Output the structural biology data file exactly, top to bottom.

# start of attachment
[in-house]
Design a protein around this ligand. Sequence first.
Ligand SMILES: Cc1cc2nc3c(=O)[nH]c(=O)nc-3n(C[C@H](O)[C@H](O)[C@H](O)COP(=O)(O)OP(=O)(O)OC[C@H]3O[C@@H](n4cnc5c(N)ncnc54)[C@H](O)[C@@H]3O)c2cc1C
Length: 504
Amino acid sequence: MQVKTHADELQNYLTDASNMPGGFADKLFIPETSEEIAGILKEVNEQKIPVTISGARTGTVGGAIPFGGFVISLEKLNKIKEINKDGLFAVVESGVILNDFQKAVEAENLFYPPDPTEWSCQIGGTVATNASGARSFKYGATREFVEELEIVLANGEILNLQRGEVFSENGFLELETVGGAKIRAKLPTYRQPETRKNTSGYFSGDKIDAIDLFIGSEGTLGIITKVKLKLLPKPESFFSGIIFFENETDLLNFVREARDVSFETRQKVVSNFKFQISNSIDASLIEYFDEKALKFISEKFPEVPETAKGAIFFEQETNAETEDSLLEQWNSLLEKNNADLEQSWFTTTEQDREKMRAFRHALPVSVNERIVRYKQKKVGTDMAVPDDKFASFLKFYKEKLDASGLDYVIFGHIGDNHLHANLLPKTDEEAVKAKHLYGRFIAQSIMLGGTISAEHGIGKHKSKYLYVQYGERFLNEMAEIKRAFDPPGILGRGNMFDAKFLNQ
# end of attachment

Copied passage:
[in-house]
Design a protein around this ligand. Sequence first.
Ligand SMILES: Cc1cc2nc3c(=O)[nH]c(=O)nc-3n(C[C@H](O)[C@H](O)[C@H](O)COP(=O)(O)OP(=O)(O)OC[C@H]3O[C@@H](n4cnc5c(N)ncnc54)[C@H](O)[C@@H]3O)c2cc1C
Length: 504
Amino acid sequence: MQVKTHADELQNYLTDASNMPGGFADKLFIPETSEEIAGILKEVNEQKIPVTISGARTGTVGGAIPFGGFVISLEKLNKIKEINKDGLFAVVESGVILNDFQKAVEAENLFYPPDPTEWSCQIGGTVATNASGARSFKYGATREFVEELEIVLANGEILNLQRGEVFSENGFLELETVGGAKIRAKLPTYRQPETRKNTSGYFSGDKIDAIDLFIGSEGTLGIITKVKLKLLPKPESFFSGIIFFENETDLLNFVREARDVSFETRQKVVSNFKFQISNSIDASLIEYFDEKALKFISEKFPEVPETAKGAIFFEQETNAETEDSLLEQWNSLLEKNNADLEQSWFTTTEQDREKMRAFRHALPVSVNERIVRYKQKKVGTDMAVPDDKFASFLKFYKEKLDASGLDYVIFGHIGDNHLHANLLPKTDEEAVKAKHLYGRFIAQSIMLGGTISAEHGIGKHKSKYLYVQYGERFLNEMAEIKRAFDPPGILGRGNMFDAKFLNQ